Multiple Universes (Part II)

Image by Joka2000

Image by Joka2000

In the beginning, man believed that the earth was the center of the universe.  The sun, the moon, and all the stars moved across the sky each day in a dance orchestrated by God, who looked down upon us from heaven beyond the stars.  We were his chosen people, the ones He created in His image, and we were placed at the center of His creation.

 Then in the 1500’s, a man of science named Copernicus published a theory that the earth was not stationary, but actually moving.  The apparent motion of the sun rising and setting was due to the earth rotating once a day on its axis and the inconsistent movements of the planets in the night sky was caused by the earth revolving around the sun once a year.  His theory fit the data of the observed facts better than the previous, long-held belief.

Since then, science has taught us a great deal about our world and the universe we live in.  We live on a small planet orbiting an ordinary yellow star located at the edge of an average galaxy among many, many other galaxies.  Copernicus’ theory knocked us from our most-favored position at the center of the universe, but it also spawned a host of other scientific advances.   

And at every step of the journey since Copernicus’ time, organized religion has fought the advances of science like a jealous older brother putting down a talented sibling.  Running disagreements over competing beliefs like Big Bang versus Creationism or Evolution versus Intelligent Design receive regular media attention.  Opinions on both sides are sharply drawn since they touch on the core beliefs each of us hold so dearly.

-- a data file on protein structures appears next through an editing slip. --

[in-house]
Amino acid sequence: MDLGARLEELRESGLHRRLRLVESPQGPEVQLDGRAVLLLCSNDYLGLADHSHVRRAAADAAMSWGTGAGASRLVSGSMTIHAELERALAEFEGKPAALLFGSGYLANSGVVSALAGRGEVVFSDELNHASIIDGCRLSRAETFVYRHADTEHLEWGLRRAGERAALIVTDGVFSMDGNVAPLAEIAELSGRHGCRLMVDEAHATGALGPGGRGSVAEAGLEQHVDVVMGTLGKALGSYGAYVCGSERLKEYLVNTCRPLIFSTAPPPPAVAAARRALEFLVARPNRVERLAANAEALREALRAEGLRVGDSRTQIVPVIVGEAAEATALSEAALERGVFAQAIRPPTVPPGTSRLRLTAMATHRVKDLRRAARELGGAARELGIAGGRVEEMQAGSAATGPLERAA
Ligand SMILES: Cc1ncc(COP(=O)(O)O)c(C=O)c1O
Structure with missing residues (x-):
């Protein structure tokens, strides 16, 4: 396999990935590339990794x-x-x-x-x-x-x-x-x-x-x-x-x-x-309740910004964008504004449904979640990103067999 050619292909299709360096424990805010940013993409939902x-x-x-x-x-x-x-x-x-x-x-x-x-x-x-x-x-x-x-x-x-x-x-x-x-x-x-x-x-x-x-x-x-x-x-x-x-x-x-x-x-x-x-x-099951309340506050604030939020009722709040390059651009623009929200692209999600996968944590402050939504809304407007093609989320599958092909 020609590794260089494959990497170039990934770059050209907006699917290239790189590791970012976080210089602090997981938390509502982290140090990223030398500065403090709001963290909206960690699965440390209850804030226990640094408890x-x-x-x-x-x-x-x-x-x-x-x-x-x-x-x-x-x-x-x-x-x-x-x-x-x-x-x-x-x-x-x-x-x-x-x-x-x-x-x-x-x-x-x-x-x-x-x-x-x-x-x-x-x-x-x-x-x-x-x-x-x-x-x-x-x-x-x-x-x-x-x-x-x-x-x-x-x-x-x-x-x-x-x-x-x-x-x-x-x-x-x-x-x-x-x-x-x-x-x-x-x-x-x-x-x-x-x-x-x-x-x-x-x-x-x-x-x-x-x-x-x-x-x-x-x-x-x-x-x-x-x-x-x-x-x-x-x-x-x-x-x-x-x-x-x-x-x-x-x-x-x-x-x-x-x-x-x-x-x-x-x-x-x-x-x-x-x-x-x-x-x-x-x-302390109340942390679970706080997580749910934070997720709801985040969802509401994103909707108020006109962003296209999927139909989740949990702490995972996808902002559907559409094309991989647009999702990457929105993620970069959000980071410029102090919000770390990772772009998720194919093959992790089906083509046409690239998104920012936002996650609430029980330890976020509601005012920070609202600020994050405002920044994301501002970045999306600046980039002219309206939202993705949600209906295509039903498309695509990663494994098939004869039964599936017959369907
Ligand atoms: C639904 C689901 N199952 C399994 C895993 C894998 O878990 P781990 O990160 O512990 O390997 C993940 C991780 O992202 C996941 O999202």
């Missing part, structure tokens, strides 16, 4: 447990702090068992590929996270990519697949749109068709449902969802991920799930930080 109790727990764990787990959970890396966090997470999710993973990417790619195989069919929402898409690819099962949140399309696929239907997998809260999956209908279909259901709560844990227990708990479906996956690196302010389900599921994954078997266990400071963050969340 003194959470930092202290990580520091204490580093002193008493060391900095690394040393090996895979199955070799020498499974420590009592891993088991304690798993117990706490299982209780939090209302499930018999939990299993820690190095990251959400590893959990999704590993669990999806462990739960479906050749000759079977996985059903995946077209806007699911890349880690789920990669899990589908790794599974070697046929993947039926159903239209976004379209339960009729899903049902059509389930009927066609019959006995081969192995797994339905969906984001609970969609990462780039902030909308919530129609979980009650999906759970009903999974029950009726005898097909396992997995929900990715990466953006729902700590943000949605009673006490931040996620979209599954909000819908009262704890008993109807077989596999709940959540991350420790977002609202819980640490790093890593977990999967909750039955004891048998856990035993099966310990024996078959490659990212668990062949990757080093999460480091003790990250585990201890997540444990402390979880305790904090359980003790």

In my last post, I discussed the theory of multiple universes that has recently gained favor among some leading physicists and the controversy surrounding that theory.  The possibility of multiple universes comes out of quantum mechanics, the study of the smallest particles of matter.  The M-theory is the best model physicists currently have to explain the behavior of particles, like electrons or quarks, and how they relate to the General Theory of Relativity.  But the theory works best in eleven dimensions and, among other things, gives rise to the possibility of multiple universes.


Predictably, the possibility that our universe isn’t unique and that multiple universes containing nearly identical copies of ourselves may currently exist in dimensions we can’t perceive has generated some strong opinions on both sides of the theory.  Some scientists have invoked this theory as another example that an intelligent Creator is less likely; the issue of the anthropic nature of the universe is explained by simple, random chance.  The natural reaction of some religious believers is to discount the theory out of hand as another elaborate attempt by science to deny the existence of God.  Both sides are crying, “Foul!” and claiming the simpler, more reasonable position in this disagreement.

As a person of faith who also embraces the spirit of inquiry and improvement that best epitomizes science, I’m always uncomfortable with these partisan arguments.  Science and religion are, at their best, two of mankind’s greatest accomplishments.  At their worst, both have been used to inflict massive suffering on the world.  They are not diametrically opposed, as is often portrayed in today’s media soundbites, but share common goals and objectives.  Science without religion is cold and soulless, religion without science is blind and dumb.  I believe that they need each other.  Together religion and science can inform, correct, and support each other.